| Read Time: 2 minutes | Environmental Laws

With the ethylene oxide facility (EtO) in Willowbrook, Illinois closed permanently, and the facility in Smyrna, Georgia closed indefinitely, more attention should be placed on facilities that remain open and operational, such as the one in Covington, Georgia, that continues to use EtO. Several troubling facts make it hard to justify the use of EtO when the threat to nearby human lives remains.

Our Georgia ethylene oxide exposure lawyers will break down the facts:

  • EtO is a known cancer-causing carcinogen. Studies to date non-Hodgkin’s lymphoma, leukemia, and multiple myeloma are all cancer types linked to EtO exposure. Breast cancer has also been strongly linked to EtO exposure.
  • The EPA states EtO is unsafe for human exposure at any level.
  • EtO is highly explosive. An explosion in Smyrna, Georgia of just 2.6 pounds of EtO threw a man and a forklift over 30 feet in the air. 
  • Several plants in Georgia store thousands of pounds of EtO. These facilities have reported multiple leaks in the past and admitted they do not report all leaks.
  • All reporting on EtO emissions in Newton County and Fulton County are self-reported and based on “modeling,” no one has ever measured or tracked the actual amount of EtO coming out of the plants, not the companies themselves, not independent auditors, and not any government entity.

EtO emissions from plants in Covington and near Smyrna are causing people to get cancer, the only question is how many.

Despite all of this, many people are not aware of the true dangers of EtO exposure. One reason is that EtO is a silent killer, it cuts off your genetic DNA code in your cells causing mutations that lead to cancer. The chemical is colorless, almost odorless and may not cause cancer or other health problems until years after exposure.

But we should think about EtO as a deadly, venomous rattlesnake. What if instead of EtO, we all recently found that BD Bard and Sterigenics had been importing thousands of rattlesnakes into our community to make their products. And we had confirmed that some of those rattlesnakes were seriously injuring and killing the people who lived and worked near the plants. Would that be ok?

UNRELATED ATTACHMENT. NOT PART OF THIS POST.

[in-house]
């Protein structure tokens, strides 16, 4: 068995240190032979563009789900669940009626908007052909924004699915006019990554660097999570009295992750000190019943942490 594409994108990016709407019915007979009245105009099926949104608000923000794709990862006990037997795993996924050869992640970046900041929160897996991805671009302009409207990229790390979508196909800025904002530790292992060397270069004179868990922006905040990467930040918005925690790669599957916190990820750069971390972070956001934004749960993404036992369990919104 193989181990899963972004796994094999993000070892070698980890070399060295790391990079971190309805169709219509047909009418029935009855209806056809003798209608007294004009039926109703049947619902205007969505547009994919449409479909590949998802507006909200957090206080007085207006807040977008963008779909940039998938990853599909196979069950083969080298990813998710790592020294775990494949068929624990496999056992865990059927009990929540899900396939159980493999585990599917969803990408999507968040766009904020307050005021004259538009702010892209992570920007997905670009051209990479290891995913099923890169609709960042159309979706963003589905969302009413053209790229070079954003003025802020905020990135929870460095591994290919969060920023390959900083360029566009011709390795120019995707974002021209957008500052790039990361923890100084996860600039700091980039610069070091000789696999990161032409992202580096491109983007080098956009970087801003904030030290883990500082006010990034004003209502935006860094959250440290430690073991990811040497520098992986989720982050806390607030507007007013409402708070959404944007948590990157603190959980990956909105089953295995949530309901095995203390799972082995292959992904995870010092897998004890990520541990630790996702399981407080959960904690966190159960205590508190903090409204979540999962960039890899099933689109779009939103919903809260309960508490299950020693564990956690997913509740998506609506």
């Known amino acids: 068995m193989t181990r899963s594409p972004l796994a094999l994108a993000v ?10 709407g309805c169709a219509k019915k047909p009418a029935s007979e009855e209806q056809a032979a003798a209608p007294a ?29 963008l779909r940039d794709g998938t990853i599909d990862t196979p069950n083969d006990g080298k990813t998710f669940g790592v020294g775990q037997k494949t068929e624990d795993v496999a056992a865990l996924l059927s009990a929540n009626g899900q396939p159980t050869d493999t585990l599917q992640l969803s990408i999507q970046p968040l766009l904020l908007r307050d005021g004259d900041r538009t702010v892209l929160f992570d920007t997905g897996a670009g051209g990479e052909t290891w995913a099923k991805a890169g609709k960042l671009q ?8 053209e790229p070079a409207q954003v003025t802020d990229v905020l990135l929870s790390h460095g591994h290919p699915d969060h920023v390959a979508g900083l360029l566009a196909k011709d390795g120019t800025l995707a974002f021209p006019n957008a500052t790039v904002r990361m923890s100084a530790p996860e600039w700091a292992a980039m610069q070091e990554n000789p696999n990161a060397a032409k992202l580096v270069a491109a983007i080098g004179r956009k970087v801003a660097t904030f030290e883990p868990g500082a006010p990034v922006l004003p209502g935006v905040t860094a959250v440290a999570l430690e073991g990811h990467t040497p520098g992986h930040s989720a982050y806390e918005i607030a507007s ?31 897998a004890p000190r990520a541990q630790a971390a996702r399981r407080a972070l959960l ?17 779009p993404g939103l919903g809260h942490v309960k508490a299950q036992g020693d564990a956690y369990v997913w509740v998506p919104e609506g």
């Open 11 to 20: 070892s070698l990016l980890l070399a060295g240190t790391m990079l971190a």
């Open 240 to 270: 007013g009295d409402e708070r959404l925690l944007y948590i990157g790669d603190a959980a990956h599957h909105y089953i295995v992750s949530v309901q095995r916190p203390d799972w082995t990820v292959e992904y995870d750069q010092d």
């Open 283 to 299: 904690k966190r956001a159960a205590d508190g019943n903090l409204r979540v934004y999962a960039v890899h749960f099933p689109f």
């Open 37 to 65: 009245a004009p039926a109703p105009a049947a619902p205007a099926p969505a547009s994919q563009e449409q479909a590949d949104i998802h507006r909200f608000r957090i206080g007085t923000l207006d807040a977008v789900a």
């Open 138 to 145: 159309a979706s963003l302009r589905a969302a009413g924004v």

BD Bard and Sterogenics continue to cry, “Trust us, we use rattlesnakes in a safe way to make our products.” They also insist on telling us that based on their own testing, with no oversight or government inspection, that 99.99% of rattlesnakes are not released to the public. Which begs the question, exactly how many rattlesnakes are released, and how do we know those numbers are accurate?

We also hear BD Bard and Sterigenics continue to cast doubt on any of their neighbors, who suggest EtO could have been a cause of their cancer. It is as if they are asking, “How do you know one of OUR rattlesnake’s bit you? People across Georgia get bit by rattlesnakes every day. You can’t blame our company for every rattlesnake bite.”

There are many questions yet to be answered: was the unexpectedly high cancer rate in Newton County caused by EtO, are all of the neighbors of BD Bard and Sterigenics still being exposed to Eto? However, there are powerful forces at work trying to make all the questions go away. BD Bard tells us there is nothing to worry about, everything is fine, but be aware of that rattlesnake in the bush.

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Michael Geoffroy’s law practice focuses on auto collisions, premises liability, wrongful death, and catastrophic injury. He stands up for the cause of justice throughout Georgia and on behalf of his clients every day. He is a leader in both the courtroom and the community, having been recognized numerous times for his involvement in each.